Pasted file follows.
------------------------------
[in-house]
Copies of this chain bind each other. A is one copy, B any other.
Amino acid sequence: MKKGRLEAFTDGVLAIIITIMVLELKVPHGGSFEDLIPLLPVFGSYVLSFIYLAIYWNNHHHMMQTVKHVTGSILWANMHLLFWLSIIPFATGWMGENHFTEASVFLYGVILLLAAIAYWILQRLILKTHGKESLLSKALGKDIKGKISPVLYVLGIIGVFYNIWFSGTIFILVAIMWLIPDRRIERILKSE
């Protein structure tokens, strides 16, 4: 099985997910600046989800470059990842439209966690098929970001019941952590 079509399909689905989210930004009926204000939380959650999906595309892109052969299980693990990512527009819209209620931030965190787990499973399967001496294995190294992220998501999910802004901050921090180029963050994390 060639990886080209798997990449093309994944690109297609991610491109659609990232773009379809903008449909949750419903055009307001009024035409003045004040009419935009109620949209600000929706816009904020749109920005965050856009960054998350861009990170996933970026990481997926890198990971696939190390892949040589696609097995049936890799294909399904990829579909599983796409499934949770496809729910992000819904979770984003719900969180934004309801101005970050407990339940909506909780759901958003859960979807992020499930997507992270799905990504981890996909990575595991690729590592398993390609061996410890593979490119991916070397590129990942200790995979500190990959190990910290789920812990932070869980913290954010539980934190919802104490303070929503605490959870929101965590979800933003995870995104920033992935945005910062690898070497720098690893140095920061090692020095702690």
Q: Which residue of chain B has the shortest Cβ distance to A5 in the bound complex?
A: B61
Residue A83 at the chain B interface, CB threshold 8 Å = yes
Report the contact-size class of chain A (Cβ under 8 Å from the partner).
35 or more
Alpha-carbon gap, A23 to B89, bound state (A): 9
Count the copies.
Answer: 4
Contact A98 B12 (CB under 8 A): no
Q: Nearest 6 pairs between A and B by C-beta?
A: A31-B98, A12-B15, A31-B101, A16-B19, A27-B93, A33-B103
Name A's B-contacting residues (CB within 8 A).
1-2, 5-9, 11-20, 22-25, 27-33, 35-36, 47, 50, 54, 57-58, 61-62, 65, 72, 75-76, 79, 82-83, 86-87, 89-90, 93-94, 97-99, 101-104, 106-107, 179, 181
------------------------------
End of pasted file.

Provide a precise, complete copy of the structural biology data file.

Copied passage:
[in-house]
Copies of this chain bind each other. A is one copy, B any other.
Amino acid sequence: MKKGRLEAFTDGVLAIIITIMVLELKVPHGGSFEDLIPLLPVFGSYVLSFIYLAIYWNNHHHMMQTVKHVTGSILWANMHLLFWLSIIPFATGWMGENHFTEASVFLYGVILLLAAIAYWILQRLILKTHGKESLLSKALGKDIKGKISPVLYVLGIIGVFYNIWFSGTIFILVAIMWLIPDRRIERILKSE
């Protein structure tokens, strides 16, 4: 099985997910600046989800470059990842439209966690098929970001019941952590 079509399909689905989210930004009926204000939380959650999906595309892109052969299980693990990512527009819209209620931030965190787990499973399967001496294995190294992220998501999910802004901050921090180029963050994390 060639990886080209798997990449093309994944690109297609991610491109659609990232773009379809903008449909949750419903055009307001009024035409003045004040009419935009109620949209600000929706816009904020749109920005965050856009960054998350861009990170996933970026990481997926890198990971696939190390892949040589696609097995049936890799294909399904990829579909599983796409499934949770496809729910992000819904979770984003719900969180934004309801101005970050407990339940909506909780759901958003859960979807992020499930997507992270799905990504981890996909990575595991690729590592398993390609061996410890593979490119991916070397590129990942200790995979500190990959190990910290789920812990932070869980913290954010539980934190919802104490303070929503605490959870929101965590979800933003995870995104920033992935945005910062690898070497720098690893140095920061090692020095702690």
Q: Which residue of chain B has the shortest Cβ distance to A5 in the bound complex?
A: B61
Residue A83 at the chain B interface, CB threshold 8 Å = yes
Report the contact-size class of chain A (Cβ under 8 Å from the partner).
35 or more
Alpha-carbon gap, A23 to B89, bound state (A): 9
Count the copies.
Answer: 4
Contact A98 B12 (CB under 8 A): no
Q: Nearest 6 pairs between A and B by C-beta?
A: A31-B98, A12-B15, A31-B101, A16-B19, A27-B93, A33-B103
Name A's B-contacting residues (CB within 8 A).
1-2, 5-9, 11-20, 22-25, 27-33, 35-36, 47, 50, 54, 57-58, 61-62, 65, 72, 75-76, 79, 82-83, 86-87, 89-90, 93-94, 97-99, 101-104, 106-107, 179, 181